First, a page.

Overall, it was at least an 8 out of 10 for me. And I maintain that it IS science fiction–science fiction that’s well-written. Which is exactly how I like my science fiction.

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Library Book Sale Buying Binge

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This post is in celebration of most recent library book sale haul. I love going to library book sales–they’re a great way to find an excellent selection of books for extremely reduced prices. The six books I found above cost a total of $8, and all were new or like-new quality. Even better (or at least almost as good) as the books that you bring home from library book sales is the experience of searching, sorting through boxes of books donated by library members to find the hidden gems. I love finding books I recognize, even if I don’t end up buying them–and I love finding books I’ve never heard of to take home as well. This time I found:

The Monsters of Templeton by Lauren Goff — about a young woman returning to her hometown in Upstate New York and uncovering its secrets, some of which are supernatural. I’d heard of this one but didn’t remember it in detail, and love the intriguing premise.

The Jane Austen Book Club by Karen Joy Fowler — Fowler’s We Are All Completely Beside Ourselves was one of my favorite reads of 2015 so far, and I’m interested what she does with the concept of a book club reading Jane Austen.

Gone Girl by Gillian Flynn — I read Gone Girl last year and found it addicting, intricate, and surprising. I initially had checked it out from the library, but when i saw it I couldn’t resist getting a copy for my shelf for re-reading purposes.

The Namesake by Jhumpa Lahiri — I’ve read a lot of Lahiri’s short stories and I believe that she is one of the best writers out there today. Her stories are always entrancing, so I’m interested to read her full-length novel.

Possession by A.S. Byatt — I’ve heard this is a challenging read for lovers of literature. I’d like to be up to the challenge!

Invitation to a Beheading by Vladimir Nabokov — Less well known than Lolita, this work is supposedly more surrealist than realistic.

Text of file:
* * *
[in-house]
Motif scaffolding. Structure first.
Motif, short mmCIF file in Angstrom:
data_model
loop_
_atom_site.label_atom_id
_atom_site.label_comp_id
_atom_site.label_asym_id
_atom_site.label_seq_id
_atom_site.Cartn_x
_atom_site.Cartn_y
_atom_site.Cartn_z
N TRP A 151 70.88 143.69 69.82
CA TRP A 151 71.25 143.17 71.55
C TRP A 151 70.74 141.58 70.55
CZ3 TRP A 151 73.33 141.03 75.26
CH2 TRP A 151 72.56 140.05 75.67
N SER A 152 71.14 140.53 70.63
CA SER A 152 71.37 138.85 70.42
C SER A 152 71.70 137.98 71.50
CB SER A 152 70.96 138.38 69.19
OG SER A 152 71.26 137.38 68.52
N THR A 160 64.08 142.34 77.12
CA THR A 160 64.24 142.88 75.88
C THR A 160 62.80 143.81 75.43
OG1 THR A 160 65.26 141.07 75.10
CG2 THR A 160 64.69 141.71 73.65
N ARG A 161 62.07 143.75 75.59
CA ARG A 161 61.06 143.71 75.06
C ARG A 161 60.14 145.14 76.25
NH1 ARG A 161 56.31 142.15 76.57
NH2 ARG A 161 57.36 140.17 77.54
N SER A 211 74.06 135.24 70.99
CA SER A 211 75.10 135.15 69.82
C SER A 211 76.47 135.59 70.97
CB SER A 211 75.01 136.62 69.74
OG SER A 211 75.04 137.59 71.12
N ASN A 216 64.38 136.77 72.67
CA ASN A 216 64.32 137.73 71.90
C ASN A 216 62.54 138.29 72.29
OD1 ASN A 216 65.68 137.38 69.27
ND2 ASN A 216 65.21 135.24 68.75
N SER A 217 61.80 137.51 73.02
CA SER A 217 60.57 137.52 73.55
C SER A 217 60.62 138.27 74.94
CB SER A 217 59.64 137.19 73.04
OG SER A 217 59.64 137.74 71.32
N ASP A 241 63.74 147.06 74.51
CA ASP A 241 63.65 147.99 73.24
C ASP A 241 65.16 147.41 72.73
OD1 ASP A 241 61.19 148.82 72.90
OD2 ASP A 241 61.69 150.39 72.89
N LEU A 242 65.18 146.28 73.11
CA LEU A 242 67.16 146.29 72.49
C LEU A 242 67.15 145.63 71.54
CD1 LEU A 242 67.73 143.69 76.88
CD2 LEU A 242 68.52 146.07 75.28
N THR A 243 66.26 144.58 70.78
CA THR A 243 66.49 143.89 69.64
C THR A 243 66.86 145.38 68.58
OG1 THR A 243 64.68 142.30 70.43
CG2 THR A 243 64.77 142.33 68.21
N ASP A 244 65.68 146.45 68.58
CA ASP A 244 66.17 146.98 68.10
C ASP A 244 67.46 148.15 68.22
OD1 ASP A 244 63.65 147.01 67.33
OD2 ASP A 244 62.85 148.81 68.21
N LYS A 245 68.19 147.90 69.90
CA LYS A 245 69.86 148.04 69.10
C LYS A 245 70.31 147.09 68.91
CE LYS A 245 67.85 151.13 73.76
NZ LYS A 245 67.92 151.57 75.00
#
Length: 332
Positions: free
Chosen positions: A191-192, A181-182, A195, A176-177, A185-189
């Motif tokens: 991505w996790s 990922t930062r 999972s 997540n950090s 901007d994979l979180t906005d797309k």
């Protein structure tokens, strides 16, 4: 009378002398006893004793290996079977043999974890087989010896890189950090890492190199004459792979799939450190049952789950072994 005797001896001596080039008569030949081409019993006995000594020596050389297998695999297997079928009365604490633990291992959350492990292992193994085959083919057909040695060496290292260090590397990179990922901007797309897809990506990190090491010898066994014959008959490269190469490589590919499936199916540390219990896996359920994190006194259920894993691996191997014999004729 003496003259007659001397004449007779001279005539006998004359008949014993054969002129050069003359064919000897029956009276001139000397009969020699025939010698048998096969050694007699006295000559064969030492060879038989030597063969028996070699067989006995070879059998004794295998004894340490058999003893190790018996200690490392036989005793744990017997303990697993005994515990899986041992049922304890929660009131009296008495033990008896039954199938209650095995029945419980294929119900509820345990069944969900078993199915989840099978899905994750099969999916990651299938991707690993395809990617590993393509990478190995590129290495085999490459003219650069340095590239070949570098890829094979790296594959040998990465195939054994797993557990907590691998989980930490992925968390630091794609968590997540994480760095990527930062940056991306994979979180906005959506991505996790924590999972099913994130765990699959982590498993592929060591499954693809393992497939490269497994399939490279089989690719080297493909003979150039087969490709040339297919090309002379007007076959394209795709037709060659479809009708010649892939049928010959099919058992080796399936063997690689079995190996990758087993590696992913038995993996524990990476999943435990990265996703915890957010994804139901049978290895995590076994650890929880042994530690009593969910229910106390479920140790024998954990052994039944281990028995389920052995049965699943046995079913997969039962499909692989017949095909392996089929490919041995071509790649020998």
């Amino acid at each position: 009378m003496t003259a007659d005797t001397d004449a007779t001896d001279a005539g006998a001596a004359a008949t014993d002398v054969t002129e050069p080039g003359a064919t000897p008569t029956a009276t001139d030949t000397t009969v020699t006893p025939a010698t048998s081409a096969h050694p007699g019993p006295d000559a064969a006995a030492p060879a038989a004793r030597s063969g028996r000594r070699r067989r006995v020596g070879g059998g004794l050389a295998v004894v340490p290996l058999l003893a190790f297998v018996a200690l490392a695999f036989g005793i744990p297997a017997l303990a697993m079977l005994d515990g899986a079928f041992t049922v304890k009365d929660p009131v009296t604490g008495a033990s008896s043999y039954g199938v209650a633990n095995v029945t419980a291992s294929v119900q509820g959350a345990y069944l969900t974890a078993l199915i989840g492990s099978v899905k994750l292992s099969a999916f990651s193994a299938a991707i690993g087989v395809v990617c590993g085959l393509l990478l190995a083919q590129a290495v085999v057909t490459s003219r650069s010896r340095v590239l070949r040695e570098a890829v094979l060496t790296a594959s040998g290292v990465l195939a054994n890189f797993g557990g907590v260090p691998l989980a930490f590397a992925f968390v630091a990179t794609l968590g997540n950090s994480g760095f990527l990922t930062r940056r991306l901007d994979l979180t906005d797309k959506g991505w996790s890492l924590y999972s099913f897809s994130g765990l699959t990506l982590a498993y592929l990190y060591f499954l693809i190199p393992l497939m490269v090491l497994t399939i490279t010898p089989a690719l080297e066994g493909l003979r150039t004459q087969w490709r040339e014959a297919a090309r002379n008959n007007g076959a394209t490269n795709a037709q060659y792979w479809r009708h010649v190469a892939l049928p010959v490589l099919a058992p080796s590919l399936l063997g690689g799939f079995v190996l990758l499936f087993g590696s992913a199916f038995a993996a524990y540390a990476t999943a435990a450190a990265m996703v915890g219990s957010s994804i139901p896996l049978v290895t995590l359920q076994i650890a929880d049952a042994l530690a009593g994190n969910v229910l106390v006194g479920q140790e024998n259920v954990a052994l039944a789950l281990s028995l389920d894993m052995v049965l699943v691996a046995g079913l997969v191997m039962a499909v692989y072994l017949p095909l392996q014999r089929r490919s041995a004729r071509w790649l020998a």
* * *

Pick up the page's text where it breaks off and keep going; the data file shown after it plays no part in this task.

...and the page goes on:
Beaches and Books: an Introduction

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Welcome to Beaches and Books, a nontraditional beach reading blog for nontraditional readers. I don’t do all of my reading on the beach–although I wish that were possible–but when I read I try to capture the transitory perfection that comes with immersing yourself in a transcendent read while the sun warms you and the waves crash. I believe that reading can be simultaneously relaxing and invigorating, and with this blog I want to share my passion for reading and talking about books with other readers.

What do I like to read? First of all, I read books that are unique. I like books that take nontraditional approaches with both style and genre, and that can continuously surprise me. I read a lot of science fiction and fantasy, in all its iterations: speculative fiction, magical realism, slipstream, New Weird. I like elements of the futuristic and the fantastic in what I read, and I especially like books that bend and shatter genre conventions. That being said, I also read realistic fiction, nonfiction, and historical fiction, and I’m always trying to challenge myself with new genres.

I read because I love it, and I want to start writing about books more because I love talking about reading. I love recommending books and getting recommendations from others. I hope that you will enjoy reading this blog as much as I love writing it.